From: RegTech Analyst
With less than two weeks until the Brexit transition period ends on December 31, new research has revealed that only 18% of small businesses have prepared for the UK’s divorce from the EU.
The new research from the Federation of Small Businesses (FSB) also unearthed uncertainty among British firms about future trade arrangements and Covid-linked disruption hampering efforts to prepare.
Having surveyed 1,500 firms, the FSB found that of those that have taken steps to prepare for Brexit, one in four have spent more than £2,000 on doing so, which is particularly worrisome as that figure stood at 21% in September 2019.
Of the firms polled, 68% cited uncertainty about what the relationship would be like between the UK and the EU as a barrier to trade.
And it seems as if Covid-19 has held back a lot of firms from making those preparations, with 22% citing a lack of time and resources as reasons behind their inability to prepare.
Of those that have made some preparations, 27% said the cost of doing so has been in excess of £2,000 and 10% said the cost has exceeded £5,000.
“With only two weeks to go, small firms don’t have the time, money or clarity they need to prepare for the end of the transition period even if they want or need to,” said Mike Cherry, chairman of the FSB. “More than four years on from the referendum, and after such a torrid 2020, we urgently need to see negotiators strike a pro-enterprise free trade agreement in the days ahead, one that includes an ambitious small business chapter.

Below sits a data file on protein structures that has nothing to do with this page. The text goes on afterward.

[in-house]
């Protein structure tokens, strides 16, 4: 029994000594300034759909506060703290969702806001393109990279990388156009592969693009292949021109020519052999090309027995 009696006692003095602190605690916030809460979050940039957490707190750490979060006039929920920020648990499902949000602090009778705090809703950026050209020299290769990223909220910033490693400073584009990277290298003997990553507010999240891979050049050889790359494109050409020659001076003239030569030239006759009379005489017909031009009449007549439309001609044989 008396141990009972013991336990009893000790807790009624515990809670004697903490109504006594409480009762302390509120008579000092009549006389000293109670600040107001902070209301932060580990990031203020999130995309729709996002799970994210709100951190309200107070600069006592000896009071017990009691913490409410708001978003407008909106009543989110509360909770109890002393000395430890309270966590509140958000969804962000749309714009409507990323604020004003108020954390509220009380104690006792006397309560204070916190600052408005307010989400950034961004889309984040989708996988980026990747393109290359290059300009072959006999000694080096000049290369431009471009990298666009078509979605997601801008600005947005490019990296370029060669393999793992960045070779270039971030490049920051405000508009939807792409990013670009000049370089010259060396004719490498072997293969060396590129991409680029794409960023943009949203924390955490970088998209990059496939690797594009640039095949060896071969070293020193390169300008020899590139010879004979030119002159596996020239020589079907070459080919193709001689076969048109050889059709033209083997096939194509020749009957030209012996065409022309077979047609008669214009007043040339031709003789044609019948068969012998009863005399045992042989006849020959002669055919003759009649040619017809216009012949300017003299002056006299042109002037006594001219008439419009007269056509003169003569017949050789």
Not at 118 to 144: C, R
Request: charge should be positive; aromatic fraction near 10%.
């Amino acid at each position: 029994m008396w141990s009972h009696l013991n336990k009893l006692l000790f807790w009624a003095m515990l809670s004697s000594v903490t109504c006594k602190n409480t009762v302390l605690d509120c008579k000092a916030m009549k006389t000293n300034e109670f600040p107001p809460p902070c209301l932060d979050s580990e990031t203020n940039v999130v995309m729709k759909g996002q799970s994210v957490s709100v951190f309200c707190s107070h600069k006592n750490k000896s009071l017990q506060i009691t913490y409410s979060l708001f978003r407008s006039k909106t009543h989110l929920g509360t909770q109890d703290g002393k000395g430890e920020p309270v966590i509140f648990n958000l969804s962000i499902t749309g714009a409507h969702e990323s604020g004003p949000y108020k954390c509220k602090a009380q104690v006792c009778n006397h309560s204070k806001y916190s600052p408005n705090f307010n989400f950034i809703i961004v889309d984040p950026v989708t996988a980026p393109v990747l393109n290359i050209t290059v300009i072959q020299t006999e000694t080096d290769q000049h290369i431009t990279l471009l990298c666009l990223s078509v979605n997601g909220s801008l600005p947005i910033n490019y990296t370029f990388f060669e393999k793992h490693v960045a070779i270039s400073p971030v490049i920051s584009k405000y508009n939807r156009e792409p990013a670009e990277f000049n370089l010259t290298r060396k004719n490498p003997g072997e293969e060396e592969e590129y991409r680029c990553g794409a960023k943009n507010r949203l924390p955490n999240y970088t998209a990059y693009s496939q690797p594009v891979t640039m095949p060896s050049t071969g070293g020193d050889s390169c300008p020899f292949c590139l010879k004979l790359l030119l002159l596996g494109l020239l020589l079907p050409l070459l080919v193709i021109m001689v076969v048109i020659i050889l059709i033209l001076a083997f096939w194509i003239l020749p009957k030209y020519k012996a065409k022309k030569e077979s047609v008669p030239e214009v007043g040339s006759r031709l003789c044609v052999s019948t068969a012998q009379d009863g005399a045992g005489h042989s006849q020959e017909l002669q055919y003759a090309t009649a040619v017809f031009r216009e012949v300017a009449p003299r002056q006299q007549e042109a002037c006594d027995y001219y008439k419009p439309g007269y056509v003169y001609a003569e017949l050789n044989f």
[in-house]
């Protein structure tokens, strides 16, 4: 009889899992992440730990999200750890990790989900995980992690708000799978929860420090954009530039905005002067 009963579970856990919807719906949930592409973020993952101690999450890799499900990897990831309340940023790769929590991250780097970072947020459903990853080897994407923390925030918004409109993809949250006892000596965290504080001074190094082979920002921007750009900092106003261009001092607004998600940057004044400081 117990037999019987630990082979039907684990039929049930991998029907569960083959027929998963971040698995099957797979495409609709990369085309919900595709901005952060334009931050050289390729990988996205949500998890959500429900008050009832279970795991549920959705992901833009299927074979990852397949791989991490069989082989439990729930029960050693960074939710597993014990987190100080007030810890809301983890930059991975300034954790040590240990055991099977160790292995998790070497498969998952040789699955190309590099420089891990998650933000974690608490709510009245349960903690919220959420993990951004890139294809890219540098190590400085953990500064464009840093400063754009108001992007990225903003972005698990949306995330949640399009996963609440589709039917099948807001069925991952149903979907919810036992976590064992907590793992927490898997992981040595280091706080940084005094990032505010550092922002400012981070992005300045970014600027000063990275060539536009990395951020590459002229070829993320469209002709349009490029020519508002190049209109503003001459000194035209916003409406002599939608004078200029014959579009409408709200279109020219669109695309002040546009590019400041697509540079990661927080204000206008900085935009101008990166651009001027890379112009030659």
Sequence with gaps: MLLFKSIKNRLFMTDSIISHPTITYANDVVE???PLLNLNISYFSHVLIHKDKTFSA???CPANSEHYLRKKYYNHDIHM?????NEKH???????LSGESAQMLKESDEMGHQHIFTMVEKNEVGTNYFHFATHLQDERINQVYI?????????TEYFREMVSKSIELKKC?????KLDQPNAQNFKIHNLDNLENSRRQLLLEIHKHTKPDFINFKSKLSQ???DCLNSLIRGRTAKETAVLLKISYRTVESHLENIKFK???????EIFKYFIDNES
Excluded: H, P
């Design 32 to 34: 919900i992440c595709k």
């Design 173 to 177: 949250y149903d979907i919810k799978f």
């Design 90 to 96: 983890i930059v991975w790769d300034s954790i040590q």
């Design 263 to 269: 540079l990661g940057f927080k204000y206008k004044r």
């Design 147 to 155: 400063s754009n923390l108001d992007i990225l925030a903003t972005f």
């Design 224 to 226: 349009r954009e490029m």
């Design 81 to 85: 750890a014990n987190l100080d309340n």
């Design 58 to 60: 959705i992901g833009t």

“Fundamentally, if the government wants firms to make additional preparations over the coming days and into the New Year, it needs to put its money where its mouth is. Transition vouchers – £3,000 grants that firms can use to buy the tech, training and advice needed to navigate a new trading relationship – would make a massive difference.
“The fact that so few small firms that trade with Europe are familiar with rules of origin requirements is deeply concerning, and highlights the need to phase in implementation of changes across some of these more technical areas. The clock is ticking more loudly than ever before. It’s time for negotiators on both sides to get a free trade deal done.”
The news comes after the Financial Conduct Authority (FCA) warned UK firms in early December to prepare for Brexit as what the country’s future relationship with the EU was still up in the air.
The UK government’s inability to reach a timely trade deal with the EU has also created fear among the nation’s FinTech and RegTech companies as they are concerned about the country’s ability to remain a hub for innovation in these sectors past Brexit.
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